A Brief History of Playfair
In the late 19th century, when surveyors first plotted what would eventually become the city of Spokane, they divided the city up into sections by the Land Ordinance of 1785. Playfair Commerce Park sits in what was then called School Section 16. Community leaders set aside Section 16 either to use as a site for schools, or to sell, using the proceeds from the sale to fund schools. The state sold strips of land to the railroads, creating the wedge that would later become Playfair.
The Spokane Interstate Fair
Around the turn of the 20th century, a committee of the Spokane Fruit Fair decided to purchase a new location. From the state, they bought 60 acres in the Y formed by two railroads.
On April 27th, 1901 – the day after the committee and the state agreed to the deal – the Spokane Daily Chronicle proclaimed: “They would have a county fair, with horse racing, stock exhibits, with all the other features of such an exhibition.”
The Fairgrounds hosted hundreds of thousands of visitors, not only to the fair, but to see the very first airplane flight in Spokane. On April 2, 1910, aviator Charles K. Hamilton astonished crowds with two successful flights, rising 250 feet above the racetrack in his Curtiss biplane.
Charles Lindbergh visited Spokane on September 12th, 1927, just months after his historic transatlantic flight. School children were let out of class to join the thousands who packed the grandstands at the fairgrounds to hear him speak.
The Spokane Interstate Fair continued here until 1930, just after the beginning of the Great Depression. The Fair Association sold the property to the city of Spokane, which put it under the responsibility of the parks department.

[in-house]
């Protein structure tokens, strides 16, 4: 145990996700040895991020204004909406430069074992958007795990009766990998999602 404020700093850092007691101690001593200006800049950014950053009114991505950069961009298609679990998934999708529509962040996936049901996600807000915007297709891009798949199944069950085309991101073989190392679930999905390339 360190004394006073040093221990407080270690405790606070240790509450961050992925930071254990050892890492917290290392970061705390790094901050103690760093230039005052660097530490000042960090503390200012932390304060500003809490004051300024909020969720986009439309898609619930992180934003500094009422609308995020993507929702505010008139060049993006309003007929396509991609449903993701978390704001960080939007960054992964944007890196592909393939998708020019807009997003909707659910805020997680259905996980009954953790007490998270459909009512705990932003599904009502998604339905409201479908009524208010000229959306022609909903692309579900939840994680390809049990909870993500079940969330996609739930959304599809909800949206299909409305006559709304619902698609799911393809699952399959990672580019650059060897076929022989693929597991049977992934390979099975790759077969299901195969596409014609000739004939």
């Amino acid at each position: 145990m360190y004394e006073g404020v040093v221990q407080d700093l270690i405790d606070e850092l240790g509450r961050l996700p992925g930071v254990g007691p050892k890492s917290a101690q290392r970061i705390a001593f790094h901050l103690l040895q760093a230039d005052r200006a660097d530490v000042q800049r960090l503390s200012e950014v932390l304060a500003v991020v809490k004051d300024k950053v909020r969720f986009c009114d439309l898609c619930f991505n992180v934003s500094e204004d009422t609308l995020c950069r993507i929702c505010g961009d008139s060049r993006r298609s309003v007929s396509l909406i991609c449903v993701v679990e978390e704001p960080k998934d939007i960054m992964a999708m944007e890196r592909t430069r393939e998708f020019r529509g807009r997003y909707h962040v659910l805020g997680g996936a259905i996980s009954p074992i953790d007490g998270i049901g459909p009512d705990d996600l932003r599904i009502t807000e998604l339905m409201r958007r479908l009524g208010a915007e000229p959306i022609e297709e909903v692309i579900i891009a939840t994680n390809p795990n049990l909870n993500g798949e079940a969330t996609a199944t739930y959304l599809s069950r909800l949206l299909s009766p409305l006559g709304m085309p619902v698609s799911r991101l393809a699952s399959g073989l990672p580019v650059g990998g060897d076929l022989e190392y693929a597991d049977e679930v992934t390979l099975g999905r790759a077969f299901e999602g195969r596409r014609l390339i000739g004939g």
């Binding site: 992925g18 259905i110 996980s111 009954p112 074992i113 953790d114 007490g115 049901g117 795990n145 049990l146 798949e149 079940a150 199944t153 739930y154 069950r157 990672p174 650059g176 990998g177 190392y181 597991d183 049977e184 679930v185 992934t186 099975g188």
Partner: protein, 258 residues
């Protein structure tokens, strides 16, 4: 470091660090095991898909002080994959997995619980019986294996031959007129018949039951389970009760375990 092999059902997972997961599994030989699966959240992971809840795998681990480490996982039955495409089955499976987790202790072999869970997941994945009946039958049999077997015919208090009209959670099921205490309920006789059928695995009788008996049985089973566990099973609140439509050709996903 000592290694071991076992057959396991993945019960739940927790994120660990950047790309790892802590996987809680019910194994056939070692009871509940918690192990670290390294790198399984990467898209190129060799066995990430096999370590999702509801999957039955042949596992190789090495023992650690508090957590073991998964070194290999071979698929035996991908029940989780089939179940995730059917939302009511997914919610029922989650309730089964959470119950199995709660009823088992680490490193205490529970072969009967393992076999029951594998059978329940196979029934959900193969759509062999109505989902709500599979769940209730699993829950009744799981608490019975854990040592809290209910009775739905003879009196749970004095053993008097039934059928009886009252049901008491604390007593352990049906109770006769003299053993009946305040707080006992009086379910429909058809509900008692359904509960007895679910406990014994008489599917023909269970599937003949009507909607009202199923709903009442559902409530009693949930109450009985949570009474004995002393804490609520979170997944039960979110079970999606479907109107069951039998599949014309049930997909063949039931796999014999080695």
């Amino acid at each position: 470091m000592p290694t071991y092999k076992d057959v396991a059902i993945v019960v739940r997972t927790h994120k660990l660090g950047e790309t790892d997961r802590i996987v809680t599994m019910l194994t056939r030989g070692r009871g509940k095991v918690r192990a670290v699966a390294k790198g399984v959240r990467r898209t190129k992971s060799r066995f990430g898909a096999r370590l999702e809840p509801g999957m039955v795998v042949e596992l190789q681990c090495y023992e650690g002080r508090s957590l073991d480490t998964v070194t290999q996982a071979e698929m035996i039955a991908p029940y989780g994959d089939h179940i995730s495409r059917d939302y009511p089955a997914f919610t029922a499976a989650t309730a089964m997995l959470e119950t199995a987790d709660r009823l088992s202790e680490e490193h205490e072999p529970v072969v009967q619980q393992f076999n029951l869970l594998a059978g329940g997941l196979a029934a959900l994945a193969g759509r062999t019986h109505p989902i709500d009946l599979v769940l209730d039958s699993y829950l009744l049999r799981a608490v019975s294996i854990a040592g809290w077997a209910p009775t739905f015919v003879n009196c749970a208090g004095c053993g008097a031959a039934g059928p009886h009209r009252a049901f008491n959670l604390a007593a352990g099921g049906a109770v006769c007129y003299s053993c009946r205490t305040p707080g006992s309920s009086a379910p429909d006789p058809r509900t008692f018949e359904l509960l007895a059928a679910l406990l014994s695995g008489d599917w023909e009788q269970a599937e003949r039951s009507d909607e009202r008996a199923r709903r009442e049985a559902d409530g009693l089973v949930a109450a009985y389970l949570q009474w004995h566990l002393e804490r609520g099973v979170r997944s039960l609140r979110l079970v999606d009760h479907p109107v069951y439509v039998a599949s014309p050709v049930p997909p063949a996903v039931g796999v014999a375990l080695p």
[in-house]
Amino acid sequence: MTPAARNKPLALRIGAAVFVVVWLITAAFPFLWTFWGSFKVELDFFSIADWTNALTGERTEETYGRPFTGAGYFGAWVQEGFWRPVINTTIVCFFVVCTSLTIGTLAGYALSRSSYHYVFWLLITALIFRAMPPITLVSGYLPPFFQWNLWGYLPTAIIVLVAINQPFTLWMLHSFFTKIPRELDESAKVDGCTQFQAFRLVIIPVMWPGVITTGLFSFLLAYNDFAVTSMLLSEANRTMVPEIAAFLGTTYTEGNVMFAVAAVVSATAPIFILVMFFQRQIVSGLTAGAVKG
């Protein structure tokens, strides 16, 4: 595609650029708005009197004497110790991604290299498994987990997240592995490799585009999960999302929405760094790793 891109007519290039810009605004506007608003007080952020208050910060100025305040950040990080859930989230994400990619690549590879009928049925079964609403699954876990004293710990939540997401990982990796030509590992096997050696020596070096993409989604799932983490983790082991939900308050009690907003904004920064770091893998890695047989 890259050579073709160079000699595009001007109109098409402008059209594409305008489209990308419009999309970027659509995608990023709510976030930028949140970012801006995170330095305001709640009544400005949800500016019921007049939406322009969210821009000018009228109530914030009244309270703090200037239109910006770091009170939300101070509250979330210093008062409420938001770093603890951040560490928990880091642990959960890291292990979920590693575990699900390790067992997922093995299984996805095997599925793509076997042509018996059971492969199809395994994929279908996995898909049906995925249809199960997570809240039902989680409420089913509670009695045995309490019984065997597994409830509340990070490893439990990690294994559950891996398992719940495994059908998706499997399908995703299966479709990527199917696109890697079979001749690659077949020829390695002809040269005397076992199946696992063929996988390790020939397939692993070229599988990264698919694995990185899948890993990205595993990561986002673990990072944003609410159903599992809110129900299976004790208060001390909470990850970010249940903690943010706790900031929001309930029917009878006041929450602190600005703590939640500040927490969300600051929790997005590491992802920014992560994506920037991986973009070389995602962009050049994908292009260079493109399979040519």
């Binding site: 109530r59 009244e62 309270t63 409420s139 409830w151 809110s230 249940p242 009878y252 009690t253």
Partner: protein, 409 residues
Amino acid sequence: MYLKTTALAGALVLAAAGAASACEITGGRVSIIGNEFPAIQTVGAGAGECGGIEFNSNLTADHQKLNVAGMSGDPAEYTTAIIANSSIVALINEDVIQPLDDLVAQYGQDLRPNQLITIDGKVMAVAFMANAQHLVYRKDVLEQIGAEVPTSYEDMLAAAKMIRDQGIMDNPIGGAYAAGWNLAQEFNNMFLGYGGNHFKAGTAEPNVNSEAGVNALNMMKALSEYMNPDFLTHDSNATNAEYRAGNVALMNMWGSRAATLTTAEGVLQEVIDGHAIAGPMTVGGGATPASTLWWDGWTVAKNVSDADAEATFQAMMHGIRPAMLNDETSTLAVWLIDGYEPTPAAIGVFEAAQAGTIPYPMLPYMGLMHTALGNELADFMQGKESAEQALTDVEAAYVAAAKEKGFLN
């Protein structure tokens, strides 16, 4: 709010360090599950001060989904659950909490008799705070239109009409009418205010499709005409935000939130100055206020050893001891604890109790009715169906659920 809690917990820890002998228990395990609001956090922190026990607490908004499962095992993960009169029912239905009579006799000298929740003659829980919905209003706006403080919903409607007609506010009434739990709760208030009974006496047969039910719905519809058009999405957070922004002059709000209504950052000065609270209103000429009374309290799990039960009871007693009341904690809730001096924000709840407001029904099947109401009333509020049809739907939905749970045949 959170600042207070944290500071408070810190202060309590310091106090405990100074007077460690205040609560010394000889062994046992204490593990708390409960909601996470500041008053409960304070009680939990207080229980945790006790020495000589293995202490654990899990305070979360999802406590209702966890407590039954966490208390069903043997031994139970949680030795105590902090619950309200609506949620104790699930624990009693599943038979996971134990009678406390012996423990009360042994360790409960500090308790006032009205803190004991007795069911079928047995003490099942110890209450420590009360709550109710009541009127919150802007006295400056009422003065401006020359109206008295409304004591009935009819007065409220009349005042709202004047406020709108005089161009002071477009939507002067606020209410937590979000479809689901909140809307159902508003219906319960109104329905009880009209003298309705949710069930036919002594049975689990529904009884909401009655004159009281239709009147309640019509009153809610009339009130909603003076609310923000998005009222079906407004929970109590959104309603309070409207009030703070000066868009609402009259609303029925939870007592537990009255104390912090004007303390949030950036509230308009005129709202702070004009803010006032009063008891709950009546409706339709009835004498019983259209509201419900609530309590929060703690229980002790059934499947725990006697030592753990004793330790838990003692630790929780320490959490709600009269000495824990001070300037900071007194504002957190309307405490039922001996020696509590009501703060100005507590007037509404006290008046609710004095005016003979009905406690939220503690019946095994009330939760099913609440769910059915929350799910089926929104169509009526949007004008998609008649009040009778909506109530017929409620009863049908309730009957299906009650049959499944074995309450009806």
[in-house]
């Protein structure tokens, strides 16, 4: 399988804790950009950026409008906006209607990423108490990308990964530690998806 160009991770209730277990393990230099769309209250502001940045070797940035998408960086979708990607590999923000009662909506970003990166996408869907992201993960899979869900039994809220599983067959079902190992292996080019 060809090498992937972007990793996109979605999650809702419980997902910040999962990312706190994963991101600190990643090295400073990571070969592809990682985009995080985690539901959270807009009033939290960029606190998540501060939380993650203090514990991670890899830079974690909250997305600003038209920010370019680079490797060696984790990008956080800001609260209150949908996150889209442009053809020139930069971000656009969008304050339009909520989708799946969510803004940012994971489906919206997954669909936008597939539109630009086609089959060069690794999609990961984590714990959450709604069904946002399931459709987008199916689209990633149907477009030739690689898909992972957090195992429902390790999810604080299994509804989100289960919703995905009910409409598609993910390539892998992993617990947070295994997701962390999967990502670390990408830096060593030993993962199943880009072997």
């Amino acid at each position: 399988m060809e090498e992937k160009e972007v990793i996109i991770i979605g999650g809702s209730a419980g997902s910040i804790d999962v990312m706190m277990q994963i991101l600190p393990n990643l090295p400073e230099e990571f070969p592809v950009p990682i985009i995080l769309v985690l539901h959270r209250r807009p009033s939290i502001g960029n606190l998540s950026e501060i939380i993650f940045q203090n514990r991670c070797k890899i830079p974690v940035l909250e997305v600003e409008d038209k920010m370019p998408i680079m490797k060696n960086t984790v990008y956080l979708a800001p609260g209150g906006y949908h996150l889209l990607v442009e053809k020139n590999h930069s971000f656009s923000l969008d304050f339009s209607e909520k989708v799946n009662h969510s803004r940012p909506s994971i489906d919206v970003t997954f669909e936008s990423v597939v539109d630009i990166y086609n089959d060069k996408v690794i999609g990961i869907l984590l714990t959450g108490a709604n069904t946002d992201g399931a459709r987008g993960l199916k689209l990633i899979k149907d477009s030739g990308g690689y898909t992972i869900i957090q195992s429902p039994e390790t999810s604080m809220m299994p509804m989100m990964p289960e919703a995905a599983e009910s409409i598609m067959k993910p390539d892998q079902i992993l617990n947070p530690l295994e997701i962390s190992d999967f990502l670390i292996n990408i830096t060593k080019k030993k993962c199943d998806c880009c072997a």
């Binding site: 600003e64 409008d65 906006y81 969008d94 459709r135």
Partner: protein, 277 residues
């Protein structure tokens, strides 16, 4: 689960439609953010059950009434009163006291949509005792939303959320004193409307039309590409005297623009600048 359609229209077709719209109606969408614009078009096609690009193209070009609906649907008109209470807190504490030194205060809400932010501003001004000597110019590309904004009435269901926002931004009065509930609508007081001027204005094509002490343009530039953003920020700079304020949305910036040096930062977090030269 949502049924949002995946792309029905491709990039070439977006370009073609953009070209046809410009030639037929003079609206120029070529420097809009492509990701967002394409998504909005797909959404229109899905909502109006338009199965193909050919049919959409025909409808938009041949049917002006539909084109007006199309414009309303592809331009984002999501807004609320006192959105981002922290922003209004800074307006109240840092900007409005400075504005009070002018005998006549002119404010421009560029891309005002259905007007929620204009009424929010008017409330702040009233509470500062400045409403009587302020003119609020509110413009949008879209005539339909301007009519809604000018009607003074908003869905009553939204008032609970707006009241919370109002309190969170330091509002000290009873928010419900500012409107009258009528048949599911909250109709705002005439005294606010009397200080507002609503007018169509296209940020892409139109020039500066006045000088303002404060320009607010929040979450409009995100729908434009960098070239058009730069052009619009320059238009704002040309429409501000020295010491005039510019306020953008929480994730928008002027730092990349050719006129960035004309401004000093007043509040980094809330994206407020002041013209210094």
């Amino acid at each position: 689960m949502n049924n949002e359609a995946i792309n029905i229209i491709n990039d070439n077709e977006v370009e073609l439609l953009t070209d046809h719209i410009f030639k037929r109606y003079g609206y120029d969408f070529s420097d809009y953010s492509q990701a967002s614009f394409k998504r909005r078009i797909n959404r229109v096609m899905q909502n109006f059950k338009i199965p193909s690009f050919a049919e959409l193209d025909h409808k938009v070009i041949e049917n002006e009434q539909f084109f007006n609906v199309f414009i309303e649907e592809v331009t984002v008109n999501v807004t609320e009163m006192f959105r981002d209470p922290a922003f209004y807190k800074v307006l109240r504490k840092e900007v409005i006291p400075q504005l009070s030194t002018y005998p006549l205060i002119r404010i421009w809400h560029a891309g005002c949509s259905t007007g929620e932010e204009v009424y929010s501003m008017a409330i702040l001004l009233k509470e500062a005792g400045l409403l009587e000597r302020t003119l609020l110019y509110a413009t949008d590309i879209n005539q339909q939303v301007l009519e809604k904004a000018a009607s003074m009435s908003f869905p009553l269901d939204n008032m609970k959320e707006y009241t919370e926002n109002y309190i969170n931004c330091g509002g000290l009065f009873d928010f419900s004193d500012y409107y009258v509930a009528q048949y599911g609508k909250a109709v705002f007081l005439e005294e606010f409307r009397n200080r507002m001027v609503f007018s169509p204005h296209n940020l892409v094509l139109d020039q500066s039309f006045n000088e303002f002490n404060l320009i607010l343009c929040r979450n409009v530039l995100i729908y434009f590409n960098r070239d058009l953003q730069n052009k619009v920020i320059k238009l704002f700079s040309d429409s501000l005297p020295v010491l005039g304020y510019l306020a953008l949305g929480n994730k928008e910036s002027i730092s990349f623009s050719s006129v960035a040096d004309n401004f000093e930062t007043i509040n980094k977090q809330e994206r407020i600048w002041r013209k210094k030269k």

The land sat empty for five years until the state of Washington legalized gambling at the horse races in 1933.
Playfair Race Course
Playfair Race Course opened on August 30th, 1935. Fans lined up at the gate to be the first to purchase tickets. There were 16 days of racing that year. During the 1984 season, there were 104 days.
Over Playfair’s lifetime, an estimated 15 million people came to the track to play the ponies.
The west half of the property has its own story. The land in the corner of the convergence of the Northern Pacific (now the Burlington Northern and Santa Fe) and the Union Pacific railroad tracks was once Ferris Field, home of the Spokane Indians professional baseball club.
Built with New Deal funding in 1936, the field not only hosted baseball games but boxing matches as well. During football season in 1948 and 1949, local high schools held their games there.
The baseball team later moved into a more modern stadium, and Ferris Field was torn down. Legalized gambling at casinos, declining numbers of breeders and faltering attendance took their toll on the racetrack. Playfair closed its doors for good in 2000.
Once again, the city purchased the land in 2005, this time with plans for a new sewage treatment plant.
Playfair Commerce Park
When the City chose a new location for the treatment plant, Playfair sat empty for five years until L.B. Stone Properties Group purchased it in 2010.
Development at Playfair is ongoing. Now an industrial properties campus – the first in the region to be built to aerospace manufacturing standards – the industrial park is home to nine completed buildings, with more in the planning phases. Playfair also houses the headquarters of the Stone Group of Companies, as well as SCAFCO Steel Stud Company and CWallA Building Materials Company.